This article is a continuation of "What is Blockchain?". I'd highly recommend you to read that first.
The Bridge - No, not the TV show
We are at the last chapter of understanding Blockchain, following the journey of three best friends named Eki, Dwi, and Tri. We have learned how the blocks can chain each other and how it demonstrates a secure method of storing data without a centralised party, like banks or corporates.
The next burning question is, How do Eki, Dwi, Tri and you add a transaction to a Blockchain?
Lock and Key
Every user in a Blockchain will have a public and a private key. These public and private keys are generated automatically by the Blockchain software. They look like the hashes we discussed in the first chapter: Fingerprint hash.
-----END PUBLIC KEY-----
-----END RSA PRIVATE KEY-----
It would be best if you keep your private key private and secure. On the contrary, you can share the public key with everyone.
A good illustration of this is your mailbox and your key. Your mailbox is your public key and the key to open your mailbox is your private key. You don't want anybody to access your mailbox and read all of your messages.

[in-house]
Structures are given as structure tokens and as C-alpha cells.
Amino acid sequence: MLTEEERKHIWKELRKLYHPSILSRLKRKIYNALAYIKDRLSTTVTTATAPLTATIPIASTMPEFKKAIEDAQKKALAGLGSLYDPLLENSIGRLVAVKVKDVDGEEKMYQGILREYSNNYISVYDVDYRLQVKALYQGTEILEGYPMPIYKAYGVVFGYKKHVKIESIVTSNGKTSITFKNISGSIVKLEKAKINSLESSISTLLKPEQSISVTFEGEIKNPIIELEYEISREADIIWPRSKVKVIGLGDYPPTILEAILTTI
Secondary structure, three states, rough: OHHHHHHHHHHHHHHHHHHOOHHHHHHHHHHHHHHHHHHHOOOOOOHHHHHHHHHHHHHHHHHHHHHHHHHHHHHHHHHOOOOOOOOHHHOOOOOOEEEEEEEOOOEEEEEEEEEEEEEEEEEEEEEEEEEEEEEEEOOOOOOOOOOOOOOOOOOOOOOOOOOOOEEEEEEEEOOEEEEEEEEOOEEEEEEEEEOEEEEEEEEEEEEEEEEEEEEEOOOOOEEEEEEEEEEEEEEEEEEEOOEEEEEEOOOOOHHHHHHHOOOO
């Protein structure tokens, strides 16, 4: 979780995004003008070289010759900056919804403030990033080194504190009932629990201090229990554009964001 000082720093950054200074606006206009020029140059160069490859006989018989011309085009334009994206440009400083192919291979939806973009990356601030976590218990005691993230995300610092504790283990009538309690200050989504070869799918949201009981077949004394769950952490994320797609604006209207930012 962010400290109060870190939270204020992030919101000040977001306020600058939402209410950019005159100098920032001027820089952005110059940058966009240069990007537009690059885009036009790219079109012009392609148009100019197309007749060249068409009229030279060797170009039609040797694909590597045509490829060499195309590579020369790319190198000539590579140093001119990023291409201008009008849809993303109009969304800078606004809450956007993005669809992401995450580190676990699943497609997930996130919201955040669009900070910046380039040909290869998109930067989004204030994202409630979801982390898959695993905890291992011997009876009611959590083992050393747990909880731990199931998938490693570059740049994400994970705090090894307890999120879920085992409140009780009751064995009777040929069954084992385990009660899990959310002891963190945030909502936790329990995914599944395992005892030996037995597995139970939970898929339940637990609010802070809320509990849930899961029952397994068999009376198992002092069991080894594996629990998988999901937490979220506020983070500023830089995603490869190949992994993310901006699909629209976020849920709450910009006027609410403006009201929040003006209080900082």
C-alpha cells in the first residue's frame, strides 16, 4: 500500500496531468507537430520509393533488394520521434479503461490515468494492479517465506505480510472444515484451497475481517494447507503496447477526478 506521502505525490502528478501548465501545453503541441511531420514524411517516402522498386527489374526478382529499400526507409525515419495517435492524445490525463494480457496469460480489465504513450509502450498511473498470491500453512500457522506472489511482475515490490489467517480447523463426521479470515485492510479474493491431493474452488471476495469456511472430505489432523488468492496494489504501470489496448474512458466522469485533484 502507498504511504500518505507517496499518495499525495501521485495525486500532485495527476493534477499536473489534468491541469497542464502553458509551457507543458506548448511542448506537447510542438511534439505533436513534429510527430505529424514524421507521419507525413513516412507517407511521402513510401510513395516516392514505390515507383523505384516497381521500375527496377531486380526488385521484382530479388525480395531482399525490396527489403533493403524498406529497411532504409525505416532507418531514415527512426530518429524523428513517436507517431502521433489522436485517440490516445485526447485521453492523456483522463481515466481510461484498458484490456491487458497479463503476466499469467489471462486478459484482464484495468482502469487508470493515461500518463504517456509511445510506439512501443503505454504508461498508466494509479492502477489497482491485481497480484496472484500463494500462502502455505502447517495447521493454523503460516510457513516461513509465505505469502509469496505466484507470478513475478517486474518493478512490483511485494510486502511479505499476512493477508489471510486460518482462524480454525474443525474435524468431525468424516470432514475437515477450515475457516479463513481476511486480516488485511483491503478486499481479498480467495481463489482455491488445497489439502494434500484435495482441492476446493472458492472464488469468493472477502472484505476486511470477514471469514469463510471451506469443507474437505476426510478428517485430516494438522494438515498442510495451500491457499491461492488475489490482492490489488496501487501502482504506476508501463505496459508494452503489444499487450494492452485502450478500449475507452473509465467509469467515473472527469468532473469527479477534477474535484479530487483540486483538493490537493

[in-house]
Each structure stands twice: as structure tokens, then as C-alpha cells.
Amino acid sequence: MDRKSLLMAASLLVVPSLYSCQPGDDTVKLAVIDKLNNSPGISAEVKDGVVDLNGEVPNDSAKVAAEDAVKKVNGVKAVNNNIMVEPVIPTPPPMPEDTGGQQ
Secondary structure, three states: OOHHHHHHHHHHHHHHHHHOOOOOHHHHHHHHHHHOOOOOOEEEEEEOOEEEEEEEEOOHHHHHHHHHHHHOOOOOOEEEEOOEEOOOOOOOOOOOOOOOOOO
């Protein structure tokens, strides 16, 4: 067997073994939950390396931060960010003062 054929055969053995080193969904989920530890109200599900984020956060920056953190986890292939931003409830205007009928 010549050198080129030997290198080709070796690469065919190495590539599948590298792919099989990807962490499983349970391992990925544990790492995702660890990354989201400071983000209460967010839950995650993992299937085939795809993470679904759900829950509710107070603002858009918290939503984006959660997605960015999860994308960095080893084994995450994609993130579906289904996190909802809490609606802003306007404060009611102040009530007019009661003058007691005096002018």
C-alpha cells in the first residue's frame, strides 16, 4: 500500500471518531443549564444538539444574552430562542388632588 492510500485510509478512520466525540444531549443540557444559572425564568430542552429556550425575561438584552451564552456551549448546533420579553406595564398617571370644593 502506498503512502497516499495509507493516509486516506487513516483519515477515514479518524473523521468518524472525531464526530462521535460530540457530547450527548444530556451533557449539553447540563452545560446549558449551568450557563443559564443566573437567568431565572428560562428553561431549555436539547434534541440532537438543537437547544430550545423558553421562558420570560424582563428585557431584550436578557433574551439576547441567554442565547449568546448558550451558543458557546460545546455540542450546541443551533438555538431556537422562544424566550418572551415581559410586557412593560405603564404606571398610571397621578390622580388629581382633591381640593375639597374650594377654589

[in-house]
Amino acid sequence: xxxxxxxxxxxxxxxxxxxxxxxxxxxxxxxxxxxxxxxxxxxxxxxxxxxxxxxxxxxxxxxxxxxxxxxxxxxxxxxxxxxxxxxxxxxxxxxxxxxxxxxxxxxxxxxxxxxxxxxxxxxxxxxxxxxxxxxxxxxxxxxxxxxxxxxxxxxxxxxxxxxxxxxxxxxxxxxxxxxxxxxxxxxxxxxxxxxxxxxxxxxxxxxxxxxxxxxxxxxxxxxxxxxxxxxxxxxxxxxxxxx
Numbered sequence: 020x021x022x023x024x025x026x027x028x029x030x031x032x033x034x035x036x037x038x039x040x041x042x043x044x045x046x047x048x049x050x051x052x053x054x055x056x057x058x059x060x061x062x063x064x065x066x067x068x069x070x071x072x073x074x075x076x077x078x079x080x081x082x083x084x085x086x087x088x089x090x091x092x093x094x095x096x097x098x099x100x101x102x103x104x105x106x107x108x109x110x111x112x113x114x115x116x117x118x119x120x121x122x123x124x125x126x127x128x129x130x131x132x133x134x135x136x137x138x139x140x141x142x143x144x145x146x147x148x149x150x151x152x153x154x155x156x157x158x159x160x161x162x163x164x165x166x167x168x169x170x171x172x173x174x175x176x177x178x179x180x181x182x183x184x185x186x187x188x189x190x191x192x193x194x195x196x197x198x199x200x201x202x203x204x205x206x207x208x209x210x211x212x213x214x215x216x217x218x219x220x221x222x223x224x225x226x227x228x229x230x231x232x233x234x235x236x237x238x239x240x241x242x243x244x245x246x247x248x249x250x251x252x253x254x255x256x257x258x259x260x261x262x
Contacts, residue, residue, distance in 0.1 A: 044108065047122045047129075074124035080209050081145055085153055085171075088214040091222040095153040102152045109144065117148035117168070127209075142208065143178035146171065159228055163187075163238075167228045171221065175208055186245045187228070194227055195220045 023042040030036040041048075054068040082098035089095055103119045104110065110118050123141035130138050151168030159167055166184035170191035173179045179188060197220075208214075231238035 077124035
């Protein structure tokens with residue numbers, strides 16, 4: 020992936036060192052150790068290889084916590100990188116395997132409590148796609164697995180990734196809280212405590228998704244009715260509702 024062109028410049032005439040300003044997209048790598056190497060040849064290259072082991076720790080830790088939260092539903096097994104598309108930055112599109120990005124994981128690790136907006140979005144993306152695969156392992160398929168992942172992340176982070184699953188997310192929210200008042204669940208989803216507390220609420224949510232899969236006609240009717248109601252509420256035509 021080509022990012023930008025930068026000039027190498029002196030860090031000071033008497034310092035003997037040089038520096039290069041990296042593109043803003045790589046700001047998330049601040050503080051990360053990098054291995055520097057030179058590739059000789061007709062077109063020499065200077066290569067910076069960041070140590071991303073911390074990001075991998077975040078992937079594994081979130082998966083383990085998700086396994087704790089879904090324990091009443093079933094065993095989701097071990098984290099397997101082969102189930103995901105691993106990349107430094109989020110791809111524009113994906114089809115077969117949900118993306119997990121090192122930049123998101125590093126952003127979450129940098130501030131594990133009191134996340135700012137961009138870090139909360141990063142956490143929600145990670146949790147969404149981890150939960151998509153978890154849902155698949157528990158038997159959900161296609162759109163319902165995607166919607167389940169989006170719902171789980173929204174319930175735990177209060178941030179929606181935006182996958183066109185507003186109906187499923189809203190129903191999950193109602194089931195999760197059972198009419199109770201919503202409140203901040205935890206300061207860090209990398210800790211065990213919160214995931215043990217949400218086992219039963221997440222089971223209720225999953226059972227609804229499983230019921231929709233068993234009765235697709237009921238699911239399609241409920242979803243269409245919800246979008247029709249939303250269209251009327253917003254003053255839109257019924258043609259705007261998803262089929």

We can use the private key to create a digital signature to sign any message. The digital signature can be verified using the corresponding public key.
The combination of these layers of security is called cryptography in Blockchains.
What does this flow look like in real-world scenarios?
Eki wants to document the trio's latest savings on a Blockchain:
Eki writes and signs the data using Eki's private key to create a digital signature. The data combined with the signature is a transaction.
Eki broadcasts the transaction to everyone on the peer-to-peer network using the Blockchain software.
Everyone in the peer-to-peer network verifies the new transaction signature using Eki's public key to confirm that Eki is the person who signed the transaction.
The peer-to-peer network will then include Eki's new verified transaction on a block in a Blockchain.
After reaching the consensus, the peer-to-peer network will include Eki's new transaction in all nodes in the Blockchain.
That's it! Now, this particular record is immutable and securely saved in the Blockchain.
Whoa! This is it.
Clap.. Clap.. Clap 👏
You stick to it! Now I hope you fully understand what and how Blockchain works.
Need a refresher? Read the first chapter: What is a 'Blockchain'?